‘I am the youngest son of John and Joan Stuckey (nee Down). Both families have lived around here for generations and on my father’s side, the Bowditches have been here for centuries. My family home is a smallholding, in the hamlet of Blackpool Corner, between Raymond’s Hill and Lambert’s Castle.
For many years my parents grew wheat for thatching reed; Dad also worked as a self-employed structural engineer, designing and constructing farm buildings. We grew field beans and a variety of vegetables. Mum had a free range egg business, and sold to local shops and supermarkets; now the supermarket is more centrally organised and local supplies are no longer required. These days we let our fields out for grass keep and both my parents are employed outside the agricultural sector.
Over the years it’s become increasingly difficult to make a viable living from farming. Some farmers are lucky enough to be able to diversify, but many have to subsidise their farm income with other work.
Rural industries have been hit hard by a combination of increasing bureaucracy and neglect by successive governments. Schools, post offices and shops are at the heart of any rural community; without them villages struggle to maintain community spirit. It’s a real shame that the rural way of life is under threat, but working together as a community can resolve some of these issues. With enough dedicated residents and some support, it may be possible to reverse the spiral of decline and restore village services.
I love the friendly atmosphere that comes with living in a close rural community, and the way that many families have known one another for generations. Although it’s often said there is little for teenagers to do in rural areas, I had a great time, thanks to my brothers Andy and Stuart and older friends who took me under their wing.
Living on a farm, there was always something to do. Learning to drive tractors and helping with the harvesting are some of my happiest memories.
Every year my brother and I go, with family and friends, to Honiton Hill Rally, normally entering a tractor or piece of machinery. It’s great to see all the classic agricultural machinery of years gone by and play a small part in keeping it alive for another generation.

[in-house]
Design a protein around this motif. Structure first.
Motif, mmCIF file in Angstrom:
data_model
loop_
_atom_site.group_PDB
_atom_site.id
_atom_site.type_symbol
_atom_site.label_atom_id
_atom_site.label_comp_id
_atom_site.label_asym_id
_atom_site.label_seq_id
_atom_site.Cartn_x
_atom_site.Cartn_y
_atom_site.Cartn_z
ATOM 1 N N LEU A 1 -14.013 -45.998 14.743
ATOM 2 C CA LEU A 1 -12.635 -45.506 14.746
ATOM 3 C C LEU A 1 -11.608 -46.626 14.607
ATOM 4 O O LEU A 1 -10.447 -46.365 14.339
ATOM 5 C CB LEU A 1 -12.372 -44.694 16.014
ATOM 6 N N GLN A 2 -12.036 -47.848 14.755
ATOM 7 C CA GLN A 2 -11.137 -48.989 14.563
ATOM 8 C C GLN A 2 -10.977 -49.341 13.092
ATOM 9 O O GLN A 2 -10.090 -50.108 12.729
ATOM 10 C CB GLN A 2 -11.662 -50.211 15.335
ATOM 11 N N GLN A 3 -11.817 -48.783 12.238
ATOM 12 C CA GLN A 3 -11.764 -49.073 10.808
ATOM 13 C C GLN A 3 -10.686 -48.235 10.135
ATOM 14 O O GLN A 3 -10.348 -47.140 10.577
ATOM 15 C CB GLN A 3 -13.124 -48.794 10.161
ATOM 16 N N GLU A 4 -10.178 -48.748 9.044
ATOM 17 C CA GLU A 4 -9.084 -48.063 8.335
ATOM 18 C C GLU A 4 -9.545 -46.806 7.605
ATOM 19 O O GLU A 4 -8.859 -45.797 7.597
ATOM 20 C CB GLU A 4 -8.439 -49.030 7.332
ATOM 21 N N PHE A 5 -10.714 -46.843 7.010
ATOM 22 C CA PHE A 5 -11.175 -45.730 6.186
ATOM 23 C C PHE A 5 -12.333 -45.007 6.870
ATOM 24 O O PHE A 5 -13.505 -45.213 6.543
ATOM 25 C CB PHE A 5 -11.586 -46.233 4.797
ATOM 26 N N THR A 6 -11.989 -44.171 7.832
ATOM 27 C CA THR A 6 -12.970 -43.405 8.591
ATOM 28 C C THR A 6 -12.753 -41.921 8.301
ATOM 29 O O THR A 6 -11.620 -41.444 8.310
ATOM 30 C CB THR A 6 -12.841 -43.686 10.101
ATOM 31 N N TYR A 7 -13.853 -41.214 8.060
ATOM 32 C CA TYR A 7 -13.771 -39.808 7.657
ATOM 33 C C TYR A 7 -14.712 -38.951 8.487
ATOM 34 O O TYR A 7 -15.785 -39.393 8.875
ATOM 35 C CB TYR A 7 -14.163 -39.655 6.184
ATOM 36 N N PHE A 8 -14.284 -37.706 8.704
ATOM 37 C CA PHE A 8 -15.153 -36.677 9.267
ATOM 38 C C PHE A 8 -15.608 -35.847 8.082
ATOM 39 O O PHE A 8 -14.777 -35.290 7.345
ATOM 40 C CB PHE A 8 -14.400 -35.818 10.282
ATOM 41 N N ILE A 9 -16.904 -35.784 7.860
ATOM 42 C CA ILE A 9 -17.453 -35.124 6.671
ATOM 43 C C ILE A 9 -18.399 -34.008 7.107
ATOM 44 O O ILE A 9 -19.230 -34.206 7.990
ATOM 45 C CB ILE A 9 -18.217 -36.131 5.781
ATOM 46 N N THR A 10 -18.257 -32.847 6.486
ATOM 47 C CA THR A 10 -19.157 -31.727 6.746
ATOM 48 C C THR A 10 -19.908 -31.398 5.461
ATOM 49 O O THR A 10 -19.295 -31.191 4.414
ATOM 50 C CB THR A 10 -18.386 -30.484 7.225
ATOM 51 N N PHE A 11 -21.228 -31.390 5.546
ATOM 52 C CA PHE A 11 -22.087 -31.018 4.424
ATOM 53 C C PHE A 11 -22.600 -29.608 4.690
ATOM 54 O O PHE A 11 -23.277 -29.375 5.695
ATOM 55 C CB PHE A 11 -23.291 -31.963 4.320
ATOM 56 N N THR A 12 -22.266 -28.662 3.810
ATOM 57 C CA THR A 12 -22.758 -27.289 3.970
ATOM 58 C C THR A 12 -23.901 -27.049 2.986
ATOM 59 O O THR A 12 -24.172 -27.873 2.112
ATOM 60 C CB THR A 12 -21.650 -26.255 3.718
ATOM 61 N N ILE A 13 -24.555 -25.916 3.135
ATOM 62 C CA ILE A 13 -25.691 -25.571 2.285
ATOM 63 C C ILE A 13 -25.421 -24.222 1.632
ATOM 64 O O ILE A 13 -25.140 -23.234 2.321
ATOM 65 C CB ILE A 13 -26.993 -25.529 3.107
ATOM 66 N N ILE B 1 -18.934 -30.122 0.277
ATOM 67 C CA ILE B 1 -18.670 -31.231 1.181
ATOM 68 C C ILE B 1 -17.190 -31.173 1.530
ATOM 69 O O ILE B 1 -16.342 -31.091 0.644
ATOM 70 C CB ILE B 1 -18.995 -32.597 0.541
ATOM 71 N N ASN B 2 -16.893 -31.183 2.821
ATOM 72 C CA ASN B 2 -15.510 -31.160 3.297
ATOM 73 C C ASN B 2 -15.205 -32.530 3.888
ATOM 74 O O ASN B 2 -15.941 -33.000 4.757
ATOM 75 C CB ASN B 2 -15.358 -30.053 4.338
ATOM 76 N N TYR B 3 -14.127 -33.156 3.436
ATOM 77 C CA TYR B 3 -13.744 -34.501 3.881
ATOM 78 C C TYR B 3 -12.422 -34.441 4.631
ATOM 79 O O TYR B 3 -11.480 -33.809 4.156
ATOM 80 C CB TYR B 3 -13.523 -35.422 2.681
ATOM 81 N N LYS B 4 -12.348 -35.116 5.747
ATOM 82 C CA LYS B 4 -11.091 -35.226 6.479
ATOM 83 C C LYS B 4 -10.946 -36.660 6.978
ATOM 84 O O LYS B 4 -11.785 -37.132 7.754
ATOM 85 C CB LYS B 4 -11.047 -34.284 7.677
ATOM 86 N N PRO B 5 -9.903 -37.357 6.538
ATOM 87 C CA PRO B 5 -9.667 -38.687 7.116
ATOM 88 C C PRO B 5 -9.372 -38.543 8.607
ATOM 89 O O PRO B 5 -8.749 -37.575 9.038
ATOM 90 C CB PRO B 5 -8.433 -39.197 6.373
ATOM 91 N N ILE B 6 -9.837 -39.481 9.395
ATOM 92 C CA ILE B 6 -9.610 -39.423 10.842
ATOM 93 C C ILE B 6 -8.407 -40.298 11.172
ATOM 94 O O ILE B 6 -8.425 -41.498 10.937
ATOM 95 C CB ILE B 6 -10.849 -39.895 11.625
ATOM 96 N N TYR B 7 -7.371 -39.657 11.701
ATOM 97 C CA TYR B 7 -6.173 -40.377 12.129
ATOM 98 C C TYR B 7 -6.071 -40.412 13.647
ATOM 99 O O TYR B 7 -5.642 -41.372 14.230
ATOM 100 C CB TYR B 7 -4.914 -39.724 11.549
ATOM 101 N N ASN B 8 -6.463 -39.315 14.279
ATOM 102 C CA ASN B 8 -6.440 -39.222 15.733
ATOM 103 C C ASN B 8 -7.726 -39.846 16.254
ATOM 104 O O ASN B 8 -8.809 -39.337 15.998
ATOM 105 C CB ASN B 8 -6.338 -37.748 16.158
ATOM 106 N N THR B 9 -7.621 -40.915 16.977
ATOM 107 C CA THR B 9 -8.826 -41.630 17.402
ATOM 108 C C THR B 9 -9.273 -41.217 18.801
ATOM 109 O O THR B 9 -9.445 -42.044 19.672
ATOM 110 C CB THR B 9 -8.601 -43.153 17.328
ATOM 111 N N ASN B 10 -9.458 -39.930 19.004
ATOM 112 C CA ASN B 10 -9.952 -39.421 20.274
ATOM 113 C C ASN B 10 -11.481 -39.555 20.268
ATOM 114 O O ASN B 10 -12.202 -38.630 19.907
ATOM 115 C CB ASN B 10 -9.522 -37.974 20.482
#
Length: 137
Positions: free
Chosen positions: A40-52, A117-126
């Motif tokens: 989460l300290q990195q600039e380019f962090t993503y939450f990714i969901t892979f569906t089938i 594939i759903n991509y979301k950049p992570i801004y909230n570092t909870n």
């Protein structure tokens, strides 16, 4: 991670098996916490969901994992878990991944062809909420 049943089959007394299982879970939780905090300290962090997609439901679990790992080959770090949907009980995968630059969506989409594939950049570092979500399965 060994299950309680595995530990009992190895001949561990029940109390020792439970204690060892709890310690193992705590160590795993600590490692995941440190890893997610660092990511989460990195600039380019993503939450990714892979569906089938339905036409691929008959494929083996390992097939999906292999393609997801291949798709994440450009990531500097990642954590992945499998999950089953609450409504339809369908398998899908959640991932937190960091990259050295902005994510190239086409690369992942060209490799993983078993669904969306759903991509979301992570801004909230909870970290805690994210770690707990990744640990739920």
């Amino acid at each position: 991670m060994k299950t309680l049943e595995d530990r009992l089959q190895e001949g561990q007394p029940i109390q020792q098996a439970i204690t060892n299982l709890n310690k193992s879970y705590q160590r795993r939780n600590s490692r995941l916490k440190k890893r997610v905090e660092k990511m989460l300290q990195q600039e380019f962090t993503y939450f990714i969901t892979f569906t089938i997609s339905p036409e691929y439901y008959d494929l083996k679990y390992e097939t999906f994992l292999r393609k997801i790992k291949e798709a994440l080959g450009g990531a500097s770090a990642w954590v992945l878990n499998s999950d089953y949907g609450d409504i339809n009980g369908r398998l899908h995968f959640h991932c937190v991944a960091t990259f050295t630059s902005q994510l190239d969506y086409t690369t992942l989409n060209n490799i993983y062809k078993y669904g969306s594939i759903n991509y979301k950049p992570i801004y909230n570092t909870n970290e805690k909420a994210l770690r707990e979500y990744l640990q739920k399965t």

After Axminster Primary School I went to Axe Valley Community College then on to Colyton Grammar School to study A-level Biology, Chemistry and Maths. I am now twenty, and currently in my third and final year of a BSc Biological Sciences degree at the University of Exeter. I am particularly interested in molecular biology and genetics. University is a great experience, not just the academic side, but also the chance to make friends with people from diverse backgrounds.
I am a member of the Axminster and District St John Ambulance, providing first aid cover for a variety of events in the community. Next year I start a Secondary Science Post Graduate Certificate in Education (PGCE) course at St Luke’s Campus, Exeter.
Although my intended career will probably take me away from my farming roots, the rural way of life is still very important to me, and like many young people, I share a concern for the environment. Awareness of climate change is increasing, and the government is at last beginning to take notice. More challenging targets are still required, along with sustainable development, responsible planning and more investment into renewable technologies, such as solar, wind and tidal energy, as well as ethanol crops and carbon neutral wood fuels such as willow.
We can also make small changes ourselves, which cumulatively will make a big difference. Household recycling and energy conservation, already successful in other countries, are two simple ways to help reduce environmental damage.
I consider myself lucky to live in such a wonderful community, surrounded by beautiful scenery and supported by such fantastic family and friends. Wherever I end up living, I will always think of the edge of the vale as my home.’